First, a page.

One consolation for the Scottish Liberal Democrats is that their manifesto proposal to finance job-creation by selling off the debt of Scottish Water, is looking rather more credible now than when it was first announced, having been given a boost last week by the Glasgow University Centre for Public Policy in the Regions. Initially, the sell-off or 'mutualisation' sounded like the kind of three card financial trick that hedge funds played during the credit boom. But even the former SNP finance secretary, John Swinney, has admitted that it could raise at least £1.2 billion - though it's not clear yet whether the UK Treasury might not simply deduct this from the Barnett payments. I think this idea is taken more seriously in SNP circles than they are letting on. But anyway it's too late now, for the Lib Dems and for Tavish Scott who will be lucky to hang on as leader after this debacle. They could lose a third of their seats.
Which brings us to the SNP's score card in the last week of this marathon election campaign. Alex Salmond's decision to delay his party manifesto launch for a week looks to have paid dividends. It left the field clear for the other parties to trip over themselves. The SNP has largely left its new supporters to do the talking, like Dennis Canavan, the redoubtable former Labour MP and. John Farquhar Munro, the ex-Liberal Democrat MSP for Ross, Skye and Inverness West, who has said that Alex Salmond would make the best First Minister. The SNP's opinion poll ratings began their astonishing advance.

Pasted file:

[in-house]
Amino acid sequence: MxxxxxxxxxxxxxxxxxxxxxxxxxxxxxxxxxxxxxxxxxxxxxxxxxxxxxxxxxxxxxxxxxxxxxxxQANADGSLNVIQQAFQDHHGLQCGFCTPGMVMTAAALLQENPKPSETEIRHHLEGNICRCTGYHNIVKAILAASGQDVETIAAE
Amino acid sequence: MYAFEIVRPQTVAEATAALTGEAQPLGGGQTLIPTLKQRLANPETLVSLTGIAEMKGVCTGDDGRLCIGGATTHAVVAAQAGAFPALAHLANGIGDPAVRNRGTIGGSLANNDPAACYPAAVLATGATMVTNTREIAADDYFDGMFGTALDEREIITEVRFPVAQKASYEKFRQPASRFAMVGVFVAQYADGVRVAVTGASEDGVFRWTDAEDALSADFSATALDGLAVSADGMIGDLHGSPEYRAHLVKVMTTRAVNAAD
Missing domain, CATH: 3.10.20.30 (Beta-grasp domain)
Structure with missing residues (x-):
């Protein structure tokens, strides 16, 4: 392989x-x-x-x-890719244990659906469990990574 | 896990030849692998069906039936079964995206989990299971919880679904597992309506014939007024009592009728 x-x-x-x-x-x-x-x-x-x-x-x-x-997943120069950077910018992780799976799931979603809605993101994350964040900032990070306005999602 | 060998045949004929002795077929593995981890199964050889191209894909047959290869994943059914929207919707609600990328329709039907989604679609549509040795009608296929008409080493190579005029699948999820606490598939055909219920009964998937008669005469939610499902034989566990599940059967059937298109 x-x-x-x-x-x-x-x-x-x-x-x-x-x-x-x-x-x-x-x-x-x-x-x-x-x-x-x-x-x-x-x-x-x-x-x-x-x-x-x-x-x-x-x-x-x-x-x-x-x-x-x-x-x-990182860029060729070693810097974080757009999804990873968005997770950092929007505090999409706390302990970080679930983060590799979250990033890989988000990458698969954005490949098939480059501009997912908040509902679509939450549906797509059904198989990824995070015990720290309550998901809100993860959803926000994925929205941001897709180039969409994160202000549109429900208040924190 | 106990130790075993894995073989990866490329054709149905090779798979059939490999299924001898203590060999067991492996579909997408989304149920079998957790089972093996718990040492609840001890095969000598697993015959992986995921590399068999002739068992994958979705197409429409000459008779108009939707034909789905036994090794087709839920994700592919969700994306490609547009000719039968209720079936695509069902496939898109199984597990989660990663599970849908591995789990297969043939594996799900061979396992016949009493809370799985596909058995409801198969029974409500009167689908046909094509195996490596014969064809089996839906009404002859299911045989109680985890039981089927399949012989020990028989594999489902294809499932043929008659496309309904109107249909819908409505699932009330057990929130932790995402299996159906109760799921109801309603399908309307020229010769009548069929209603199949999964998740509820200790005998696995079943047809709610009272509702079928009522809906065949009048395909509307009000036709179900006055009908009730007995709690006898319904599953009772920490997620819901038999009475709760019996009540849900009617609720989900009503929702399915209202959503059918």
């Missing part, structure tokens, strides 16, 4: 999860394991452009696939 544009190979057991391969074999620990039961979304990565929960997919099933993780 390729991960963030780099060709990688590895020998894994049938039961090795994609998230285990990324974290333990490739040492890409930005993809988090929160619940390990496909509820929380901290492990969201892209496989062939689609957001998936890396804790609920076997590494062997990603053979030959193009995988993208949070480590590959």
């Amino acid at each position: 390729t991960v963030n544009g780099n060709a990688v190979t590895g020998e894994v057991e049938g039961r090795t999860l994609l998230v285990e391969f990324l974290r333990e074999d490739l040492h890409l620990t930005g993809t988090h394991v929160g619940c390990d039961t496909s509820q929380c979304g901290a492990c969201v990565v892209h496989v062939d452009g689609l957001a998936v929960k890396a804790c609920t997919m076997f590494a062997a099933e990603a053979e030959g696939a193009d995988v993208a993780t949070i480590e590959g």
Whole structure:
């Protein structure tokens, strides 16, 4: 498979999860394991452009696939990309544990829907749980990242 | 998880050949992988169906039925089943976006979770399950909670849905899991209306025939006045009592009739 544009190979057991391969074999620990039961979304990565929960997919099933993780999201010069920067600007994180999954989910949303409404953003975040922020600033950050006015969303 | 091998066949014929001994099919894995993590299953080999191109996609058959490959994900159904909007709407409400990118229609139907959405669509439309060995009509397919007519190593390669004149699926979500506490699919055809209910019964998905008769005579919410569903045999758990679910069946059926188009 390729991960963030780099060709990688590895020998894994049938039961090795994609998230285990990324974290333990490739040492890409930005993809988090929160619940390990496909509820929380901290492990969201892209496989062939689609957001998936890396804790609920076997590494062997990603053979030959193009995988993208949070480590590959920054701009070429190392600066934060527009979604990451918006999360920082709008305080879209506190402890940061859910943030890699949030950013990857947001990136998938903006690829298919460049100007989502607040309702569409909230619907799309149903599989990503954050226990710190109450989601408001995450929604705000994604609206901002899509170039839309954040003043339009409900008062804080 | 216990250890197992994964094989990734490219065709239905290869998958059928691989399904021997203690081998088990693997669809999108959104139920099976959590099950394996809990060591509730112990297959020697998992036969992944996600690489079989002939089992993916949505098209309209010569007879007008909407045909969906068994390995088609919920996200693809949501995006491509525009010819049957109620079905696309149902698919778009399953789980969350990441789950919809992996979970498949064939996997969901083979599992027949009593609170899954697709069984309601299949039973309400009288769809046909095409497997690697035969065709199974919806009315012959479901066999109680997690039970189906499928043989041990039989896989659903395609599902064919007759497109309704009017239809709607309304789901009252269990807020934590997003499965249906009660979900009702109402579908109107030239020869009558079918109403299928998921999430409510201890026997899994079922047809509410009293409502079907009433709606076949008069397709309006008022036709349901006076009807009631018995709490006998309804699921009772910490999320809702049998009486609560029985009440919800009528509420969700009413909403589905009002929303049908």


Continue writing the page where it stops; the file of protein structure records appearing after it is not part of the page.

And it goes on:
The SNP's headline promise to make electricity generation 100% from renewable energy by 2020, seemed like a bid too far. Industrialists scoffed and the press rejected it as green fantasy. The CBI said it was "unrealistic and undesirable", It was somewhat disingenuous too since the forecast included power generated by nuclear power stations and whatever fossil fuel stations are still running by 2020. Since the SNP expect an oversupply of electricity generation, they can 'deem' the half of it that is generated by wind, wave and tidal to be sufficient to meet Scotland's needs. What it doesn't mean is that Scotland's electricity generation will be SOLELY from renewables by 2020.
Still, they got away with it, largely because of events in Japan. The other parties, in rejecting the 'all-green' forecast, were left with the impossible task of trying to justify more nuclear power stations in the middle of a Chernobyl-level catastrophe at the Fukushima Daiichi plant. An impossible task, as it has turned out, since Labour has all but given up trying to deliver a coherent message on energy. Also, a number of industry chiefs have now given backing to the SNP forecast, including Ignacio Galan the boss of Iberdrola, the Spanish company that owns Scottish Power renewables. Well, he would wouldn't he.
The SNP campaign was largely faultless. Alex Salmond cruised through the TV debates. For the first time since the dawn of devolution, the press gave the SNP a reasonably fair ride, with the Sun demonstrating breathtaking opportunism by backing Alex Salmond two weeks before polling day. In the 2007 election, they placed a noose in the shape of an SNP symbol to warn voters of the dangers of backing the Nats. Not any more. Most of the papers gave grudging support to Alex Salmond, if not his party. The SNP managed somehow to prevent independence becoming an issue, even though it is the raison d'etre of the party. The Liberal Democrats and the Tories are nowhere; Labour leaderless and bereft of distinctive policies, not least because they borrowed most of the SNP's, lost all momentum after the sandwich bar episode. It may be the first case of a political leader being destroyed by a meatball marinara.